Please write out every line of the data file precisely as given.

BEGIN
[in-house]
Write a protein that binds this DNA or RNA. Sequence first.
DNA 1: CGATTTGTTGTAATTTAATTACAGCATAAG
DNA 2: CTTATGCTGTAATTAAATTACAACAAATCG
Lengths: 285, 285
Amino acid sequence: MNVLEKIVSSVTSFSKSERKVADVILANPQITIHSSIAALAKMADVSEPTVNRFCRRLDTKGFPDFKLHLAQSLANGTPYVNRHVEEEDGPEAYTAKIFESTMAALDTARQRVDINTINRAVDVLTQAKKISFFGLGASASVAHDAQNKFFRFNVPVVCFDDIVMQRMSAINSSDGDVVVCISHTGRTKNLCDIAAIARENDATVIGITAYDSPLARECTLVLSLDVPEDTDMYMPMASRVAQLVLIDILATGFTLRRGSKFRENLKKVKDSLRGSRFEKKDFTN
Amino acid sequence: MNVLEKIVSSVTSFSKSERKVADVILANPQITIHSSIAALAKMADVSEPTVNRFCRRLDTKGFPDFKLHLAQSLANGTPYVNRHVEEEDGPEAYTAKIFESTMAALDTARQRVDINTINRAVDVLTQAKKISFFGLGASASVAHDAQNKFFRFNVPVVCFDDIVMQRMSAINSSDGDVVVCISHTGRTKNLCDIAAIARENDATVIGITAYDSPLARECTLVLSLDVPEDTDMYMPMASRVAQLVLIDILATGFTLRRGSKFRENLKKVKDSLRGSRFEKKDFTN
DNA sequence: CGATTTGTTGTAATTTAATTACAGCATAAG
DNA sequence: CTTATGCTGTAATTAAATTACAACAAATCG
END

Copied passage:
[in-house]
Write a protein that binds this DNA or RNA. Sequence first.
DNA 1: CGATTTGTTGTAATTTAATTACAGCATAAG
DNA 2: CTTATGCTGTAATTAAATTACAACAAATCG
Lengths: 285, 285
Amino acid sequence: MNVLEKIVSSVTSFSKSERKVADVILANPQITIHSSIAALAKMADVSEPTVNRFCRRLDTKGFPDFKLHLAQSLANGTPYVNRHVEEEDGPEAYTAKIFESTMAALDTARQRVDINTINRAVDVLTQAKKISFFGLGASASVAHDAQNKFFRFNVPVVCFDDIVMQRMSAINSSDGDVVVCISHTGRTKNLCDIAAIARENDATVIGITAYDSPLARECTLVLSLDVPEDTDMYMPMASRVAQLVLIDILATGFTLRRGSKFRENLKKVKDSLRGSRFEKKDFTN
Amino acid sequence: MNVLEKIVSSVTSFSKSERKVADVILANPQITIHSSIAALAKMADVSEPTVNRFCRRLDTKGFPDFKLHLAQSLANGTPYVNRHVEEEDGPEAYTAKIFESTMAALDTARQRVDINTINRAVDVLTQAKKISFFGLGASASVAHDAQNKFFRFNVPVVCFDDIVMQRMSAINSSDGDVVVCISHTGRTKNLCDIAAIARENDATVIGITAYDSPLARECTLVLSLDVPEDTDMYMPMASRVAQLVLIDILATGFTLRRGSKFRENLKKVKDSLRGSRFEKKDFTN
DNA sequence: CGATTTGTTGTAATTTAATTACAGCATAAG
DNA sequence: CTTATGCTGTAATTAAATTACAACAAATCG